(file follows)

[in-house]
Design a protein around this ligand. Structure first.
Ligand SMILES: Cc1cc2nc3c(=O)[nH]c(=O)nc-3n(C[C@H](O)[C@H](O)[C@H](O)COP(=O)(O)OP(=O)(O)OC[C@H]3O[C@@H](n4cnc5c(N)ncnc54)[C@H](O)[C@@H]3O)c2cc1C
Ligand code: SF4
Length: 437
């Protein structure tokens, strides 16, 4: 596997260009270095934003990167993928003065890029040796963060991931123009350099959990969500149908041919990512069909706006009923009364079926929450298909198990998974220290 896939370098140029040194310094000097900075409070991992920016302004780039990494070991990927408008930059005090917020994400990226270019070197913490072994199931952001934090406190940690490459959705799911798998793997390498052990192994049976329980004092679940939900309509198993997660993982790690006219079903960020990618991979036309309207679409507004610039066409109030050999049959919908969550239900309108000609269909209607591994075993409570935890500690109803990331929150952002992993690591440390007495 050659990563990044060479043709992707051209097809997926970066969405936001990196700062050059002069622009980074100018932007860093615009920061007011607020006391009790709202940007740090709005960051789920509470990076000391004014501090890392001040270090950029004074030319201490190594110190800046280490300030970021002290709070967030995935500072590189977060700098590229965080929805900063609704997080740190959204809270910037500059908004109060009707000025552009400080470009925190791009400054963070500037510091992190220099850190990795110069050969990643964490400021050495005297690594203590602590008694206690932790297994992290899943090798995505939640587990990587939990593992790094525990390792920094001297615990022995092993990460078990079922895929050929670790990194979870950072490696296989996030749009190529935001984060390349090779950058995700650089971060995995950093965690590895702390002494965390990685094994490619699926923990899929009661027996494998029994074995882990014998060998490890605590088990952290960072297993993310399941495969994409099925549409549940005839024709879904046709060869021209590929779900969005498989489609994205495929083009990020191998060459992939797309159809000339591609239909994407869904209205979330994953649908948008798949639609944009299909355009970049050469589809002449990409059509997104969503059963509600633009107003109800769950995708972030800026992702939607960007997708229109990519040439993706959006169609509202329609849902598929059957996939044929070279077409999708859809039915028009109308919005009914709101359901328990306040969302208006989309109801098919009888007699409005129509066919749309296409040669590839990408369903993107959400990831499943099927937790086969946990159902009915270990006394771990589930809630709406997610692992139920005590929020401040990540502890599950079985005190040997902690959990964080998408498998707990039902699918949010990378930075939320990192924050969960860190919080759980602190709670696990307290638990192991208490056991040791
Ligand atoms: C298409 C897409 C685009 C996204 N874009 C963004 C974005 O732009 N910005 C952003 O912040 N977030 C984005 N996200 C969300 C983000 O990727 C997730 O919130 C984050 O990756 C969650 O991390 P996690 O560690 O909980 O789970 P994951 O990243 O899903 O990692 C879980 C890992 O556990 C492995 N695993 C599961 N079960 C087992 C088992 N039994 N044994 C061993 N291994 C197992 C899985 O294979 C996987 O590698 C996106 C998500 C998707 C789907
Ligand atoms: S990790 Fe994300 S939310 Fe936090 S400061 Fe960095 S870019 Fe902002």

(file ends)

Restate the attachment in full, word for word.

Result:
[in-house]
Design a protein around this ligand. Structure first.
Ligand SMILES: Cc1cc2nc3c(=O)[nH]c(=O)nc-3n(C[C@H](O)[C@H](O)[C@H](O)COP(=O)(O)OP(=O)(O)OC[C@H]3O[C@@H](n4cnc5c(N)ncnc54)[C@H](O)[C@@H]3O)c2cc1C
Ligand code: SF4
Length: 437
């Protein structure tokens, strides 16, 4: 596997260009270095934003990167993928003065890029040796963060991931123009350099959990969500149908041919990512069909706006009923009364079926929450298909198990998974220290 896939370098140029040194310094000097900075409070991992920016302004780039990494070991990927408008930059005090917020994400990226270019070197913490072994199931952001934090406190940690490459959705799911798998793997390498052990192994049976329980004092679940939900309509198993997660993982790690006219079903960020990618991979036309309207679409507004610039066409109030050999049959919908969550239900309108000609269909209607591994075993409570935890500690109803990331929150952002992993690591440390007495 050659990563990044060479043709992707051209097809997926970066969405936001990196700062050059002069622009980074100018932007860093615009920061007011607020006391009790709202940007740090709005960051789920509470990076000391004014501090890392001040270090950029004074030319201490190594110190800046280490300030970021002290709070967030995935500072590189977060700098590229965080929805900063609704997080740190959204809270910037500059908004109060009707000025552009400080470009925190791009400054963070500037510091992190220099850190990795110069050969990643964490400021050495005297690594203590602590008694206690932790297994992290899943090798995505939640587990990587939990593992790094525990390792920094001297615990022995092993990460078990079922895929050929670790990194979870950072490696296989996030749009190529935001984060390349090779950058995700650089971060995995950093965690590895702390002494965390990685094994490619699926923990899929009661027996494998029994074995882990014998060998490890605590088990952290960072297993993310399941495969994409099925549409549940005839024709879904046709060869021209590929779900969005498989489609994205495929083009990020191998060459992939797309159809000339591609239909994407869904209205979330994953649908948008798949639609944009299909355009970049050469589809002449990409059509997104969503059963509600633009107003109800769950995708972030800026992702939607960007997708229109990519040439993706959006169609509202329609849902598929059957996939044929070279077409999708859809039915028009109308919005009914709101359901328990306040969302208006989309109801098919009888007699409005129509066919749309296409040669590839990408369903993107959400990831499943099927937790086969946990159902009915270990006394771990589930809630709406997610692992139920005590929020401040990540502890599950079985005190040997902690959990964080998408498998707990039902699918949010990378930075939320990192924050969960860190919080759980602190709670696990307290638990192991208490056991040791
Ligand atoms: C298409 C897409 C685009 C996204 N874009 C963004 C974005 O732009 N910005 C952003 O912040 N977030 C984005 N996200 C969300 C983000 O990727 C997730 O919130 C984050 O990756 C969650 O991390 P996690 O560690 O909980 O789970 P994951 O990243 O899903 O990692 C879980 C890992 O556990 C492995 N695993 C599961 N079960 C087992 C088992 N039994 N044994 C061993 N291994 C197992 C899985 O294979 C996987 O590698 C996106 C998500 C998707 C789907
Ligand atoms: S990790 Fe994300 S939310 Fe936090 S400061 Fe960095 S870019 Fe902002």